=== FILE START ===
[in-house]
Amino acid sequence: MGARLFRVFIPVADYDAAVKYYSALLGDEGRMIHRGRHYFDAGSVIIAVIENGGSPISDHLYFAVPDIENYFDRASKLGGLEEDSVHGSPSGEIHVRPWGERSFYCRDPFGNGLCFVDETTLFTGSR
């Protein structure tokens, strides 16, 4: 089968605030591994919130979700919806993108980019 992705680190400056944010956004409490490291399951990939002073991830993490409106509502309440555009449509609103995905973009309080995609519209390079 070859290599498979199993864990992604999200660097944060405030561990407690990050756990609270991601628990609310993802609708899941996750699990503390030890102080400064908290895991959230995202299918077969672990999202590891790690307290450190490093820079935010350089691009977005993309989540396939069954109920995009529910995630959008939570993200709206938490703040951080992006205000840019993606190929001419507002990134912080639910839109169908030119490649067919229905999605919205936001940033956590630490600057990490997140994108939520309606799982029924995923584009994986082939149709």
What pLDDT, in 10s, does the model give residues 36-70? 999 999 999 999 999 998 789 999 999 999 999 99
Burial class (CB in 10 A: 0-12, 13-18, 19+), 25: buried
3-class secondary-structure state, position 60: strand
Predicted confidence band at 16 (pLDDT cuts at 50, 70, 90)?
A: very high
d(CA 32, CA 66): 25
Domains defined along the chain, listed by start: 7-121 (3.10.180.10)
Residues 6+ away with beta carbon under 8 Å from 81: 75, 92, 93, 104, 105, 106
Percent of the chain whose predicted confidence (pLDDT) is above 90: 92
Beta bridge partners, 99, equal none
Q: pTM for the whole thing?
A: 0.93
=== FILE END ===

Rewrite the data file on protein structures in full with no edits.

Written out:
[in-house]
Amino acid sequence: MGARLFRVFIPVADYDAAVKYYSALLGDEGRMIHRGRHYFDAGSVIIAVIENGGSPISDHLYFAVPDIENYFDRASKLGGLEEDSVHGSPSGEIHVRPWGERSFYCRDPFGNGLCFVDETTLFTGSR
């Protein structure tokens, strides 16, 4: 089968605030591994919130979700919806993108980019 992705680190400056944010956004409490490291399951990939002073991830993490409106509502309440555009449509609103995905973009309080995609519209390079 070859290599498979199993864990992604999200660097944060405030561990407690990050756990609270991601628990609310993802609708899941996750699990503390030890102080400064908290895991959230995202299918077969672990999202590891790690307290450190490093820079935010350089691009977005993309989540396939069954109920995009529910995630959008939570993200709206938490703040951080992006205000840019993606190929001419507002990134912080639910839109169908030119490649067919229905999605919205936001940033956590630490600057990490997140994108939520309606799982029924995923584009994986082939149709």
What pLDDT, in 10s, does the model give residues 36-70? 999 999 999 999 999 998 789 999 999 999 999 99
Burial class (CB in 10 A: 0-12, 13-18, 19+), 25: buried
3-class secondary-structure state, position 60: strand
Predicted confidence band at 16 (pLDDT cuts at 50, 70, 90)?
A: very high
d(CA 32, CA 66): 25
Domains defined along the chain, listed by start: 7-121 (3.10.180.10)
Residues 6+ away with beta carbon under 8 Å from 81: 75, 92, 93, 104, 105, 106
Percent of the chain whose predicted confidence (pLDDT) is above 90: 92
Beta bridge partners, 99, equal none
Q: pTM for the whole thing?
A: 0.93